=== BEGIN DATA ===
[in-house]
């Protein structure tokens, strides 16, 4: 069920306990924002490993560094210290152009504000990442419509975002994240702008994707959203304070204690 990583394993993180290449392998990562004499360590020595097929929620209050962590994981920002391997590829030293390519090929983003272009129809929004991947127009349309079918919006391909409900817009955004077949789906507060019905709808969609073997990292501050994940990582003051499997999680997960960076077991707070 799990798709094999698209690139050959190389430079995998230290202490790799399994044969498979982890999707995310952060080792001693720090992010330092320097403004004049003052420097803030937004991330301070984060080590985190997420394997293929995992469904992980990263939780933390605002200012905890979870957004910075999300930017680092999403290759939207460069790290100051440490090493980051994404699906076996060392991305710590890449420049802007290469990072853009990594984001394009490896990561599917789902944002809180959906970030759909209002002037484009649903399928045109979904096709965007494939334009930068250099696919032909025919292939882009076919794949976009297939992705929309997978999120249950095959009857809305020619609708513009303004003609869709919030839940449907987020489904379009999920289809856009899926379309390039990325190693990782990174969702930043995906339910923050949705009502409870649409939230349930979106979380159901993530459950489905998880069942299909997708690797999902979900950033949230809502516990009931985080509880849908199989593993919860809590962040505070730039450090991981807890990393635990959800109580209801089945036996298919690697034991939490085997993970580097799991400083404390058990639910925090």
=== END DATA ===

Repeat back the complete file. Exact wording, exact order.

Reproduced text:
[in-house]
């Protein structure tokens, strides 16, 4: 069920306990924002490993560094210290152009504000990442419509975002994240702008994707959203304070204690 990583394993993180290449392998990562004499360590020595097929929620209050962590994981920002391997590829030293390519090929983003272009129809929004991947127009349309079918919006391909409900817009955004077949789906507060019905709808969609073997990292501050994940990582003051499997999680997960960076077991707070 799990798709094999698209690139050959190389430079995998230290202490790799399994044969498979982890999707995310952060080792001693720090992010330092320097403004004049003052420097803030937004991330301070984060080590985190997420394997293929995992469904992980990263939780933390605002200012905890979870957004910075999300930017680092999403290759939207460069790290100051440490090493980051994404699906076996060392991305710590890449420049802007290469990072853009990594984001394009490896990561599917789902944002809180959906970030759909209002002037484009649903399928045109979904096709965007494939334009930068250099696919032909025919292939882009076919794949976009297939992705929309997978999120249950095959009857809305020619609708513009303004003609869709919030839940449907987020489904379009999920289809856009899926379309390039990325190693990782990174969702930043995906339910923050949705009502409870649409939230349930979106979380159901993530459950489905998880069942299909997708690797999902979900950033949230809502516990009931985080509880849908199989593993919860809590962040505070730039450090991981807890990393635990959800109580209801089945036996298919690697034991939490085997993970580097799991400083404390058990639910925090």